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How to bathe a cat


How to bathe a cat
This article contains: Cat

How Often Should You Bathe Your Cat?

Cats are certainly one of the cleanest animals you'll ever have as a pet and it would be very rare not to see your feline friend giving themselves a tongue bath.

However, just because cats wash themselves regularly as part of their self-care routine, it doesn't necessarily mean that they're clean. For instance, when cats run or roll through something nasty, they may need a helping hand, similarly, some cats may even have difficulty maintaining their cleanliness on their own. Petplan takes a look at when it might be necessary to bathe your cat.

Reasons for bathing your cat

Most cats don't need regular bathing and many find it stressful to do so. The most common reason owners perceive that that their cat needs a bath is because they are dirty, particularly if your cat is a light coloured, outdoor cat. The first step to resolving this issue is to use a brush and fine-toothed comb to remove any unwanted dirt. This usually resolves most cats' issues.

However, should your cat still be soiled and stained, by grease and oil for example, they will need some extra help. Outdoor cats may need to be bathed more often than their indoor counterparts, purely because you can't control what they get up to out there in the big wide world.

It's important to remember that there are other factors impacting how often your cat needs a bath:

  • How much exercise does your cat get? Higher levels of activity will probably mean more dirt.
  • How are their grooming habits? Some cats, overweight cats in particular or those with thicker fur, have trouble grooming themselves and their fur can become greasy or sticky quite easily.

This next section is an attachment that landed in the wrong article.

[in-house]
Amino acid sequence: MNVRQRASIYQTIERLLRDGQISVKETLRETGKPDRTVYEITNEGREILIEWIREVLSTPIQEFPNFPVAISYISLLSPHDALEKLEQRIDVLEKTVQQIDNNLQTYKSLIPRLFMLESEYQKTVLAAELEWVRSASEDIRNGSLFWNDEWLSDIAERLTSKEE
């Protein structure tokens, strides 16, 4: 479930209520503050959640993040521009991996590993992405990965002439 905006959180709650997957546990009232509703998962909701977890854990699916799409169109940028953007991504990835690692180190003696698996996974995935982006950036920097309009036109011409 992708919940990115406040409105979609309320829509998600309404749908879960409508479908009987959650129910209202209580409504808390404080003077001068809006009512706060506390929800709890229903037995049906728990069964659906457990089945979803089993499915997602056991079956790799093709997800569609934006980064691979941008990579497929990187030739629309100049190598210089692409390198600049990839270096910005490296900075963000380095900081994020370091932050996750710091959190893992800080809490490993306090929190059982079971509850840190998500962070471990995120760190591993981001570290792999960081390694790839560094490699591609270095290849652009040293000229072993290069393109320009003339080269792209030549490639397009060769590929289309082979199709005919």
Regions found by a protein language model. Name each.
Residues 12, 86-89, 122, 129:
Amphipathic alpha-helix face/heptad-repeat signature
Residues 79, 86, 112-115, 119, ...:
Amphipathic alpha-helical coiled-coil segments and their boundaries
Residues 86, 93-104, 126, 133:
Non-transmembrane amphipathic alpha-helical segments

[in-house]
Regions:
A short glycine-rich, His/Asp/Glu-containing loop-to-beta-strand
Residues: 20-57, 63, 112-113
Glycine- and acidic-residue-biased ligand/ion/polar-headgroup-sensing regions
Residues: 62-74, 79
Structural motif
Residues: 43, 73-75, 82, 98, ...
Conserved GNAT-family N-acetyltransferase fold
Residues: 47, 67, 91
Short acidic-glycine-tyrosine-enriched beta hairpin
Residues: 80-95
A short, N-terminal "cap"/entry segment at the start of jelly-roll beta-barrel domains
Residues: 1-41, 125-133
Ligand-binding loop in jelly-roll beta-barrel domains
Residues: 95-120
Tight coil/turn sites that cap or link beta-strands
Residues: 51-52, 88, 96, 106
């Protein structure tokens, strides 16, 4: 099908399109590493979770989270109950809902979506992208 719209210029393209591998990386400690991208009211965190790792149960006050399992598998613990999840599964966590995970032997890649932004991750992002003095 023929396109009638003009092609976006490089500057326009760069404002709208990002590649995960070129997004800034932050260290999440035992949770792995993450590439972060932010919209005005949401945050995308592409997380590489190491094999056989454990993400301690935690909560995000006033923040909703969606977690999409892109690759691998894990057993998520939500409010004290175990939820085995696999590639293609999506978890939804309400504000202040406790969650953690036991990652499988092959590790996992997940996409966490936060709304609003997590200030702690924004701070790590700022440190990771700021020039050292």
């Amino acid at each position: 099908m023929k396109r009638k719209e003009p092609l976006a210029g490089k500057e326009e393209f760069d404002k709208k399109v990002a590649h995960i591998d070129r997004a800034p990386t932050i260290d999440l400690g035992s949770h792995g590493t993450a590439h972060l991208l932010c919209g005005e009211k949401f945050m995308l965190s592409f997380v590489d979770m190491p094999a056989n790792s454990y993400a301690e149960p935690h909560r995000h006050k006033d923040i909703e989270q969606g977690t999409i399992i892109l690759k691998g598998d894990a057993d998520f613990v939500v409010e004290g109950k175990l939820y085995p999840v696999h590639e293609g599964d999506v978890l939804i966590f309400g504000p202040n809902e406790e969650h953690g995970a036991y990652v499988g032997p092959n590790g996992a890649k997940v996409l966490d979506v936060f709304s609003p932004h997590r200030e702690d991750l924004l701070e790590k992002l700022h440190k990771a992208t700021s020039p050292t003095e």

• How often/how much do they shed their fur?

To make sure you cat can groom themselves effectively, try to regulate their weight and see a vet if you need help.

Also, while bathing may seem like a good measure for keeping your cat clean and avoiding fleas, bathing alone, is unlikely to mitigate flea infestations though it can help.

Most cats groom themselves to try and remove fleas and it's actually much kinder on your cat to use a topical spot on parasite control product as opposed to trying to manage fleas using shampoos.

How to bathe a cat

Let's be honest, most cats hate being bathed and so you should only bath your cat when it's needed to reduce any unnecessary stress.

So how do you actually bathe your cat? We all know that most cat breeds aren't fond of water, certainly less so than dogs, let's take a look at the best way to wash your cat in a manner that minimises any potential injury or trauma to them.

First, you need to consider the kind of shampoo you'll be using. It is best to use a hypoallergenic formula. So, called ‘flea shampoos' are old-fashioned and usually ineffective and there are now more effective ways to manage flea control.

Place something non-slip in your bath or sink. Fill it with enough warm water to come up the level of your cat's belly. If your cat cannot comfortably stand on the bottom, they will be likely to panic.

If you need to wash all of your cat, then lather them from tail to neck but avoid the ears and eyes, as cats hate chemicals in their eyes as much as children do!

Once you've lathered your cat, you need to rinse them gently with either a light shower head or a jug of water. Deep water will frighten your cat and you want to make bath time as stress free as possible.

Once your cat is clean and rinsed, gently dry them with a soft towel. Most cats will not like the ‘roar' of a hairdryer. Bath time can be a particularly frightening experience for your cat in general so always be sure to offer them plenty of reassurance and treat them for being calm, and of course, if you're unsure about any part of the process check with your vet for information.

How does your cat react when it comes to bath time? Let us know in the comments below.


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